- High Unemployment Areas- This area has an unemployment rate that is at least 150% of the national average. It must also be located in a metropolitan or rural area or both.
- Rural Areas– Rural areas are non-metropolitan areas with a population of fewer than 20,000 people.
TEAs must have all their borders included in a single census tract or a combination of adjacent census tracts that have a combined population of no more than 20,000 people. Finally, no individual census tract can comprise more than 25% of the total population to be considered a TEA under the new regulations.
Targeted Employment Areas Expansion
As part of the new regulations, the Reform and Integrity Act has sought to expand Targeted Employment Areas (TEA). A TEA is an area with a high unemployment rate that meets the criteria set by USCIS, and this classification allows for lower investment amounts for foreign investors applying for the EB-5 Visa.
The Reform and Integrity Act has replaced the statistical area delineation method with a gerrymandering method, allowing state governors to submit decision letters certifying their state’s TEAs.
This certification process provides more flexibility in designating TEAs than strictly relying on statistical evidence and takes into account local economic needs at a higher granular level. In addition, these state-designated TEAs must be contiguous areas, eliminating the ability to pick out singular census tracts that have high unemployment rates. By expanding the definition of targeted employment areas, states are better able to respond to local economic development needs with foreign investment from potential EB-5 visa holders.
New Job Creation Requirements
The Reform and Integrity Act has introduced major changes to the job creation requirements for the EB-5 program. Previously, to qualify for the EB-5 Program, investors must create 10 full-time U.S. jobs either directly or indirectly (through a third party). Under the new regulations, investors must now:
- Create at least 10 full-time U.S. jobs directly
- Hire at least two full-time U.S. employees located in an area of high unemployment with a rate of at least 150% of the current U.S. national average
- Make reasonable efforts to ensure that their investments benefit economically depressed areas that require economic revitalization
- Applicants should also take into consideration that any indirect or induced jobs created by their investments will not count towards the 10 full-time jobs requirement under the new regulations of the EB-5 Program.
It is therefore important for investors to assess their project type carefully when making their application to make sure they comply with all applicable requirements given by the Reform and Integrity Act.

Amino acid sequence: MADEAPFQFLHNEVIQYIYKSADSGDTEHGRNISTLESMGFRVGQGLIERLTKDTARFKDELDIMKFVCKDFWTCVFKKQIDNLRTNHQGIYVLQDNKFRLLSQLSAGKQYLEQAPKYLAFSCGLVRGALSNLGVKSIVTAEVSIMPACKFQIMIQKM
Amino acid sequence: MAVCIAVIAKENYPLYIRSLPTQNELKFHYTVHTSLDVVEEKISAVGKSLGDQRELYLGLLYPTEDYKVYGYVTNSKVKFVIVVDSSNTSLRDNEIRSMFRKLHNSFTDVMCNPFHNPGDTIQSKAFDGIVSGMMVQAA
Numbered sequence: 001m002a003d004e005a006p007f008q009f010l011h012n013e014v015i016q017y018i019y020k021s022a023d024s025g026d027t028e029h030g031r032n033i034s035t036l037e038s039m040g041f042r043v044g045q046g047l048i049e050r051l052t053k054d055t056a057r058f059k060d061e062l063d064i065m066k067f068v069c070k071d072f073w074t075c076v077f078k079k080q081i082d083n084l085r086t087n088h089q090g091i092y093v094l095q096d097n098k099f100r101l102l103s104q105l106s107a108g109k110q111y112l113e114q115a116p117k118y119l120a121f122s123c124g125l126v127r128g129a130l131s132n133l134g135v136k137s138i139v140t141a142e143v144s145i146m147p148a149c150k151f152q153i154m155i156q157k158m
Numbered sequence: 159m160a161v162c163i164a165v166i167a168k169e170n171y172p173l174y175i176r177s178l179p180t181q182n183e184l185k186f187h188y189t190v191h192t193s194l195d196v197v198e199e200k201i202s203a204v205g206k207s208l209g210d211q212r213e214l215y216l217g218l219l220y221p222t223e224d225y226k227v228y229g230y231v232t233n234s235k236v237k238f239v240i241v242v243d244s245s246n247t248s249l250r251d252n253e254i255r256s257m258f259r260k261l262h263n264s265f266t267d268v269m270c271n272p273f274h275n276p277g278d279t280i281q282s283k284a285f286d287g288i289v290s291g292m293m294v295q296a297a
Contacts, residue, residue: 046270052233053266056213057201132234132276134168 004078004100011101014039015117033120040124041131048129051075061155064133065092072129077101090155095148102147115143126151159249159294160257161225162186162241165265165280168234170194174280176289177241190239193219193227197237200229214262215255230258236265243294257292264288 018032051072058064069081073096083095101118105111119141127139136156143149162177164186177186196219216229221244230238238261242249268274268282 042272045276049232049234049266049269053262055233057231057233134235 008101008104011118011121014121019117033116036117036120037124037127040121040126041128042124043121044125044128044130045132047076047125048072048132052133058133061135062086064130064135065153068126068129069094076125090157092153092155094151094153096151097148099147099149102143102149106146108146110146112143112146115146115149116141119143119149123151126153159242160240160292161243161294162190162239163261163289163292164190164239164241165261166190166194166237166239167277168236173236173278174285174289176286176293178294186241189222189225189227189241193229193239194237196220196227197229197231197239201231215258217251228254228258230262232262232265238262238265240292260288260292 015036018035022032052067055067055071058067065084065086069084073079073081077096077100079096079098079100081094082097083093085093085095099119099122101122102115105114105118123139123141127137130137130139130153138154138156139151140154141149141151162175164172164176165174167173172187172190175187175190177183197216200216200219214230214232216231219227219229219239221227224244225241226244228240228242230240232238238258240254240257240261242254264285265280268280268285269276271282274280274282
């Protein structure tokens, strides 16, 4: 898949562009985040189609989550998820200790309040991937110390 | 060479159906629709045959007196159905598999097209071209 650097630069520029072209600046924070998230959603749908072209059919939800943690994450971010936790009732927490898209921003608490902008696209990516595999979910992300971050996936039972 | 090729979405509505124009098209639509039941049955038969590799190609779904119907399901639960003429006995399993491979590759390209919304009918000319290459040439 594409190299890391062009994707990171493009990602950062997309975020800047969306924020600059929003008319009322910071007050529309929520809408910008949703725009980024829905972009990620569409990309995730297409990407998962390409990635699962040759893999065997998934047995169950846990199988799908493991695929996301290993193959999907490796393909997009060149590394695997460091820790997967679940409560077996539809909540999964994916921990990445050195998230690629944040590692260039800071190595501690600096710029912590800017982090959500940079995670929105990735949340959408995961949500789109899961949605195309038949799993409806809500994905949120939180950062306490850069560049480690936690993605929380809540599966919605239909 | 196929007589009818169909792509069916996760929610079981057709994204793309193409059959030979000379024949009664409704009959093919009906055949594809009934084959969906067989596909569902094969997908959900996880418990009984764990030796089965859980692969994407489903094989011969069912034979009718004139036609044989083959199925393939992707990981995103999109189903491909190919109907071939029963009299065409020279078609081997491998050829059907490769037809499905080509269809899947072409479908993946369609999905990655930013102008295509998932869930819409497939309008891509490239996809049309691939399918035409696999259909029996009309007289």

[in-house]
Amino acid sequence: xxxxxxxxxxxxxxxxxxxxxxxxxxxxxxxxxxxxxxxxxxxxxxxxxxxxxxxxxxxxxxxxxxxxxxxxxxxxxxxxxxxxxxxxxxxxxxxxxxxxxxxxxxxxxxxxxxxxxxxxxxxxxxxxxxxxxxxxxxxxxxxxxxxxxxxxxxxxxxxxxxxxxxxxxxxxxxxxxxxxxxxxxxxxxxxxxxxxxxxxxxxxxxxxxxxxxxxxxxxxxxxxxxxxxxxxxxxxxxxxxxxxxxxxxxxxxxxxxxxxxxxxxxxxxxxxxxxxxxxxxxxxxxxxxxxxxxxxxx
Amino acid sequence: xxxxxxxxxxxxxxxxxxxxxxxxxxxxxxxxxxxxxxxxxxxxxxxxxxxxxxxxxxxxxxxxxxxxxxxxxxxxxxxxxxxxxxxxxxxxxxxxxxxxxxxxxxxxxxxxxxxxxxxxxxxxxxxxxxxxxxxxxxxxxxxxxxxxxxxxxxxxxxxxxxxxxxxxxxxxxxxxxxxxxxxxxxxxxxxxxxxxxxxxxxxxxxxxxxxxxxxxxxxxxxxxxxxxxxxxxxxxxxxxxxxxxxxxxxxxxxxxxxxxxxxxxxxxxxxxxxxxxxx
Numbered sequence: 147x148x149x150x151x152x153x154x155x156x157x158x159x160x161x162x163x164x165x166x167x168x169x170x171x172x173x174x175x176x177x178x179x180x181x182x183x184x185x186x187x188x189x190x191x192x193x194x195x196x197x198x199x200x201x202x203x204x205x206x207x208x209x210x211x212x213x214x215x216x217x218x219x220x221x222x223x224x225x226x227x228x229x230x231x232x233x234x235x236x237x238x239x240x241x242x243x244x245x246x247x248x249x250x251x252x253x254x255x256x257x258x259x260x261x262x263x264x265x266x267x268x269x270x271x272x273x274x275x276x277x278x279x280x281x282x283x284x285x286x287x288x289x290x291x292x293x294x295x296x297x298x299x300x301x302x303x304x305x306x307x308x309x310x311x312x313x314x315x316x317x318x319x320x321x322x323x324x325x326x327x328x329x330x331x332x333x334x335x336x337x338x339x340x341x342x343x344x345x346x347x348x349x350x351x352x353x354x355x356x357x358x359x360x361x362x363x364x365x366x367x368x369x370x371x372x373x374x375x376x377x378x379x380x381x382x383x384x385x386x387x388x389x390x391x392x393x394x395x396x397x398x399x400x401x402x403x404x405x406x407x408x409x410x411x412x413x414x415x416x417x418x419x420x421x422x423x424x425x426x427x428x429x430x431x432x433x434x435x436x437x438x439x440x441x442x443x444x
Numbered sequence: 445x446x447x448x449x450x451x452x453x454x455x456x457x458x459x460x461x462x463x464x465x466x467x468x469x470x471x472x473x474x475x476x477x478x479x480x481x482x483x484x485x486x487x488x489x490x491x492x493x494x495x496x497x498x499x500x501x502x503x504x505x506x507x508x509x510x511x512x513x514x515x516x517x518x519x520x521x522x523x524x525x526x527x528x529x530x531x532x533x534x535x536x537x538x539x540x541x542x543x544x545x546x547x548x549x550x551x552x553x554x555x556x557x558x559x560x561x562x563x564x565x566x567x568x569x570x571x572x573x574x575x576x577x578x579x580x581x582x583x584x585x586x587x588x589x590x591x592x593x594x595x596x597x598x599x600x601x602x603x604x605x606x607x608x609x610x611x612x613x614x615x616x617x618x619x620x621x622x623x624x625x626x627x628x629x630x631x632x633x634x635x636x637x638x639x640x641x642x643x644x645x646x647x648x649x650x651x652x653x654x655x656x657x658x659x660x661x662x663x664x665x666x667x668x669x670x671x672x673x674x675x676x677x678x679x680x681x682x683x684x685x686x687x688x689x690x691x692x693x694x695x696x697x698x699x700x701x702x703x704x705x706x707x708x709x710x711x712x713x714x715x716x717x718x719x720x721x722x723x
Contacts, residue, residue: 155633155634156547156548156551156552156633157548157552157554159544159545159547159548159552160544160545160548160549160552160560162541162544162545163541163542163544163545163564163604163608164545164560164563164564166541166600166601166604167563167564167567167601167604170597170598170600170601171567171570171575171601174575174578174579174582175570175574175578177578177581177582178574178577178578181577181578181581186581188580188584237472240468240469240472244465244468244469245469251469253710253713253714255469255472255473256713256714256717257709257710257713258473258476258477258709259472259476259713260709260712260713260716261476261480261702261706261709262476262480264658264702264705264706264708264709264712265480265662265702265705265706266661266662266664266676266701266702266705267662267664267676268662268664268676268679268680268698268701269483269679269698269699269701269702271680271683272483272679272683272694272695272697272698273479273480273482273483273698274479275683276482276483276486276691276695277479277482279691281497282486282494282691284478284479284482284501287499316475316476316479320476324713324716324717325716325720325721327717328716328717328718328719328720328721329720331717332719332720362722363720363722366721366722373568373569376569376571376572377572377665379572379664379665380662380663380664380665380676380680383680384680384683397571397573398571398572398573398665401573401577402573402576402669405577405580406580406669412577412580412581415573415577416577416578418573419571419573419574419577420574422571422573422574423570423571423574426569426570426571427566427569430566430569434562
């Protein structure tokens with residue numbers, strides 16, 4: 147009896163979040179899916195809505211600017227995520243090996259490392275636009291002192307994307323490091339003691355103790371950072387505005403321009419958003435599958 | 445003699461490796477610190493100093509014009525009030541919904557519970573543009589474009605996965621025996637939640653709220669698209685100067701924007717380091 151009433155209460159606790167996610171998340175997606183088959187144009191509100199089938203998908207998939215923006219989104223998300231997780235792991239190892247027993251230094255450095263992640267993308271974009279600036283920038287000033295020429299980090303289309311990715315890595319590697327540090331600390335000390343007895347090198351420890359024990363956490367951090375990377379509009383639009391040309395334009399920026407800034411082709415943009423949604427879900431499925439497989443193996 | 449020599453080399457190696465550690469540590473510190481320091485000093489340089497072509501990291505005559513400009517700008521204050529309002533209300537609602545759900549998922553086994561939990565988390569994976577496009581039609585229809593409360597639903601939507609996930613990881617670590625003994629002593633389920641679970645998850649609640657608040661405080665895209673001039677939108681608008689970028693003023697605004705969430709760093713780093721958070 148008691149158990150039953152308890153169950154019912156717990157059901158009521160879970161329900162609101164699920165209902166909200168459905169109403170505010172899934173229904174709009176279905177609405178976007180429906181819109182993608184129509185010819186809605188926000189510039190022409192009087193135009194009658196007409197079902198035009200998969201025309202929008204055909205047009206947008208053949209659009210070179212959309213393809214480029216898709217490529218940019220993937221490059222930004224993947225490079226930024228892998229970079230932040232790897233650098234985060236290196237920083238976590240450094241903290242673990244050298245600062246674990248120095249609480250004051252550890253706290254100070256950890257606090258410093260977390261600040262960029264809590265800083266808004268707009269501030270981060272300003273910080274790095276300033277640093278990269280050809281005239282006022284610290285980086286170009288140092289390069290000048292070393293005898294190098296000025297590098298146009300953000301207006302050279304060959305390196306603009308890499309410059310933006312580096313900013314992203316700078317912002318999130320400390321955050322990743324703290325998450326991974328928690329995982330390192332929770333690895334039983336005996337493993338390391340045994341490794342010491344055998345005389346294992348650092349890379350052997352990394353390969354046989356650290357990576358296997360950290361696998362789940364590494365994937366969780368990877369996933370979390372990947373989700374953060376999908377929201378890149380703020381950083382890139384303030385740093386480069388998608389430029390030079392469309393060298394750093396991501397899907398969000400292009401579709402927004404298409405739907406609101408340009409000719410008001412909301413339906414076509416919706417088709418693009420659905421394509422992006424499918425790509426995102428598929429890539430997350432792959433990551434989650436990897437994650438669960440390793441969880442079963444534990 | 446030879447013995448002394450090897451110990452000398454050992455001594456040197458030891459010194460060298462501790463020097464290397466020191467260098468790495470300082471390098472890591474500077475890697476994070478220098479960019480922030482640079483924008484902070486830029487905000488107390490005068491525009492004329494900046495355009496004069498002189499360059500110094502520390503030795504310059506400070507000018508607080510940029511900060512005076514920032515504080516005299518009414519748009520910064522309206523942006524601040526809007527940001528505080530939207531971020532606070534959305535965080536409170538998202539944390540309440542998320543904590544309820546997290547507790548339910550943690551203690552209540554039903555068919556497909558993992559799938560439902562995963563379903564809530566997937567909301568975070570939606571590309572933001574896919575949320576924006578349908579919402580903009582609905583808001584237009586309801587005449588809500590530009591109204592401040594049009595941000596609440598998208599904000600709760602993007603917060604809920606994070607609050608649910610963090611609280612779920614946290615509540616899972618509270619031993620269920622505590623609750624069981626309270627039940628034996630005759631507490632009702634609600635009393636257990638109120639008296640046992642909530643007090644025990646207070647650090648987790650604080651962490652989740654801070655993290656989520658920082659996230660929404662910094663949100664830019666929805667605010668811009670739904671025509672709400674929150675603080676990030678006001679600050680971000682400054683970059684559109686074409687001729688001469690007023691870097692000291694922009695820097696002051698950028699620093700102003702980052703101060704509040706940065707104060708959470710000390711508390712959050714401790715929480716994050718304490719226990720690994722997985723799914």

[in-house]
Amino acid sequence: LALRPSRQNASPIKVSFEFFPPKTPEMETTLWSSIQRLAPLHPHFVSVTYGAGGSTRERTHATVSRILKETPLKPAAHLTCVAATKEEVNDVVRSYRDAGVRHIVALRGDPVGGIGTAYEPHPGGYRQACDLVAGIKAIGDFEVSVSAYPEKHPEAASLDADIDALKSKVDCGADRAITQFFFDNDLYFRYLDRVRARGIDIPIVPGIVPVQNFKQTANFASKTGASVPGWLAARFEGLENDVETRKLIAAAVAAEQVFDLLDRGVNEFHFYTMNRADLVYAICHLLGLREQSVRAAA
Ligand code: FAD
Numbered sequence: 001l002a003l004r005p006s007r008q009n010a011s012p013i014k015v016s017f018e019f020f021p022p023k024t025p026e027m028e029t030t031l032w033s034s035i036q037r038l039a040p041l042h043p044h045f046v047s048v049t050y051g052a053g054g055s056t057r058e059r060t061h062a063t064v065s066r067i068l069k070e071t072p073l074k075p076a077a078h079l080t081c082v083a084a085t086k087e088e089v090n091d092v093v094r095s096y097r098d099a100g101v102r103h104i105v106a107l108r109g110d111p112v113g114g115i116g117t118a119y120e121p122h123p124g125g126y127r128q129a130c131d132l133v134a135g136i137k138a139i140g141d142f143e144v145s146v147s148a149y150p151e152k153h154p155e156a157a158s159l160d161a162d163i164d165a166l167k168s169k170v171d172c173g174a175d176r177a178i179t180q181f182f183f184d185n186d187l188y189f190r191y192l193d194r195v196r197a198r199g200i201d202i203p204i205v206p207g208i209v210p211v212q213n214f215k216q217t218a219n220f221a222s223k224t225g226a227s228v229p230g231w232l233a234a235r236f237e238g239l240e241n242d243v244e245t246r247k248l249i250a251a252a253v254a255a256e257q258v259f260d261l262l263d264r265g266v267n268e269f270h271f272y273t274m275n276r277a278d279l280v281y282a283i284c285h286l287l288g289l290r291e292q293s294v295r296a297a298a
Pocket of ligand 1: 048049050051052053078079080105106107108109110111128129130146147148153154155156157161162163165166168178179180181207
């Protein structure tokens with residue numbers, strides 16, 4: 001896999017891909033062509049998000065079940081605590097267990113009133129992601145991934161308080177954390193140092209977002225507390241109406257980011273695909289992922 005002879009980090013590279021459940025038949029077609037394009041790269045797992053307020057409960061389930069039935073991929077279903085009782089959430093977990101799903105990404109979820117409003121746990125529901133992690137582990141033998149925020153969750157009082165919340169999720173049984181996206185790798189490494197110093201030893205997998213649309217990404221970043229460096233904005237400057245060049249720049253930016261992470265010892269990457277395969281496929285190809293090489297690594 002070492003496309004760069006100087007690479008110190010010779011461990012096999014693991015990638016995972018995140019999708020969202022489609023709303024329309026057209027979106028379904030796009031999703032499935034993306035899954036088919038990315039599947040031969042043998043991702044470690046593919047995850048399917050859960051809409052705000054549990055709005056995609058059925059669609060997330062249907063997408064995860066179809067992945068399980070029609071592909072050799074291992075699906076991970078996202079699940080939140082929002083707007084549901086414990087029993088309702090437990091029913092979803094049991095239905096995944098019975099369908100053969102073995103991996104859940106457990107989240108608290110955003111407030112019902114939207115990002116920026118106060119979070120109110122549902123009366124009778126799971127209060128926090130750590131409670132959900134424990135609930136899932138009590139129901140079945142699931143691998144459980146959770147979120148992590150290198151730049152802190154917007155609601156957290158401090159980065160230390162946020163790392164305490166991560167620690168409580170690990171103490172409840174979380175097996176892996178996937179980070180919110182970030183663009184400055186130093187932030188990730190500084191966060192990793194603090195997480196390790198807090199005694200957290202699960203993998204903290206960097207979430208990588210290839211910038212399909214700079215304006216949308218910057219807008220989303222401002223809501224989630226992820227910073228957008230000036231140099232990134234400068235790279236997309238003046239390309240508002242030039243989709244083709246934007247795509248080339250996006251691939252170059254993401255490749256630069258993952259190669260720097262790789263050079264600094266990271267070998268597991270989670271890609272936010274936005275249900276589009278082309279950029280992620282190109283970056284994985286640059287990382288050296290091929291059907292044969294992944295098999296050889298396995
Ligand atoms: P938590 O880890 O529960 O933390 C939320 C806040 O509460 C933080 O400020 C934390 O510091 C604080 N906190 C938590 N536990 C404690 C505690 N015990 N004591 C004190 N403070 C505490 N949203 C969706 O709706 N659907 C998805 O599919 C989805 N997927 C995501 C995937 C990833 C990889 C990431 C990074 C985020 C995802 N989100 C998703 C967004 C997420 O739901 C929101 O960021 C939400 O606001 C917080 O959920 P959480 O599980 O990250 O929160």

New Definition of “In the United States”
The Reform and Integrity Act has made a significant change to the definition of “in the United States” as it applies to investments in the EB-5 Program. “In the United States” now refers to actual investments rather than investors, whereas before it referred to both investors and their capital investments.
This new definition of “in the United States” is meant to provide clarity on where investors must make their capital investments for them to receive permanent legal residency. For example, if an investor wants to invest in an EB-5 project located in New York City, they must now invest their capital directly into that project. Their capital can no longer be placed into an Investment Entity based in another country that invests in the project located in New York City. Moreover, funds must be entered into the United States via a U.S. financial institution before they can be considered invested “in the United States” under this new definition. This means that foreign currency transfers or other forms of foreign transfers are not acceptable for capital contributions under this new definition.
These changes aim to ensure that only legitimate investments are made into U.S.-based projects and businesses through EB-5 Program by clarifying what a valid investment looks like under current law. By outlining these expectations from investors up front, the EB-5 Program is better able to monitor and regulate its investment activities while still encouraging foreign investment into the United States economy.
New Security Measures to Ensure Investor Funds Are Legitimate
The Reform and Integrity Act of 2019 also includes new security measures to ensure that investor funds being used for the EB-5 program are legitimate. These measures are aimed at detecting, deterring, and punishing fraud, money laundering, terrorism, and other criminal activities. The new rules include:
- Increased vetting of individuals involved in the EB-5 program
- Strengthening of background checks for individuals involved in the EB-5 program
- Enhanced scrutiny of all documents related to EB-5 investments
- Potential for investors to be disqualified from participating in the EB-5 program due to certain criminal activity or terrorism-related concerns
- Creation of an Anti-Money Laundering Advisory Board to review applications regularly and detect any suspicious activity related to the investment process
- The requirement that all EB-5 investors have their identity verified through a biometric screening process
- New security protocols are in place for adjudicating visa petitions under the EB-5 program, including increased due diligence and additional site visits by USCIS personnel when necessary
Teleconferencing and online technology can now be used to handle certain aspects of processing applications under the EB-5 program as part of a risk mitigation strategy. These measures are intended to ensure that only legitimate investments are accepted into the program and that fraud or criminal activities do not go undetected or unpunished.